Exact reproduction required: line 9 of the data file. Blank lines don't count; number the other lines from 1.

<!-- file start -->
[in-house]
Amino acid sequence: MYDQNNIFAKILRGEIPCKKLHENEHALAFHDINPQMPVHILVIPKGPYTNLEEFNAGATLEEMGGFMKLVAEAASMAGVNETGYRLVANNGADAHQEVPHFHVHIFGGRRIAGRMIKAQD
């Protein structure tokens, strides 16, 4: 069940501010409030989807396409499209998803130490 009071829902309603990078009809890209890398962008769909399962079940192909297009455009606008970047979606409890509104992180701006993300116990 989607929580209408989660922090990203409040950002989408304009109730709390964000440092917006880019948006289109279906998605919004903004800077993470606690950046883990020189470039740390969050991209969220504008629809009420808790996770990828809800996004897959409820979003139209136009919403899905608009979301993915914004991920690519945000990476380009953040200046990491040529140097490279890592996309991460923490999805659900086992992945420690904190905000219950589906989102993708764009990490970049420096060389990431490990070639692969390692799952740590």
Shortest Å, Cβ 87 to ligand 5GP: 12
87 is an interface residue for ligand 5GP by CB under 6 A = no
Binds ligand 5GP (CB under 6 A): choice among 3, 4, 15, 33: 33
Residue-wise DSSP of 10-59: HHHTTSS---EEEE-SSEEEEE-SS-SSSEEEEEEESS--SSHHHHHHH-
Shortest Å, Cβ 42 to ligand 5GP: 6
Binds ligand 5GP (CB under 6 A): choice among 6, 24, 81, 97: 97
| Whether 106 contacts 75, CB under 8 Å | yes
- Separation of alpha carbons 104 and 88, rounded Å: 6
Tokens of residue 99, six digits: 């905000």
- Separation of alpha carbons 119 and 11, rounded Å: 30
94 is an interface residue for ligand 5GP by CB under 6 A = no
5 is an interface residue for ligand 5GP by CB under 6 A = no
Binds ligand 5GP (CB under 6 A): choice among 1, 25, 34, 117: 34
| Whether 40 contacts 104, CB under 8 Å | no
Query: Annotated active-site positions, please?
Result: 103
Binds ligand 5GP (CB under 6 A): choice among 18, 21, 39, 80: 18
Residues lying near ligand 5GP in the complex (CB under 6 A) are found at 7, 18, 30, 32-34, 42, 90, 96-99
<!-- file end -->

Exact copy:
Binds ligand 5GP (CB under 6 A): choice among 6, 24, 81, 97: 97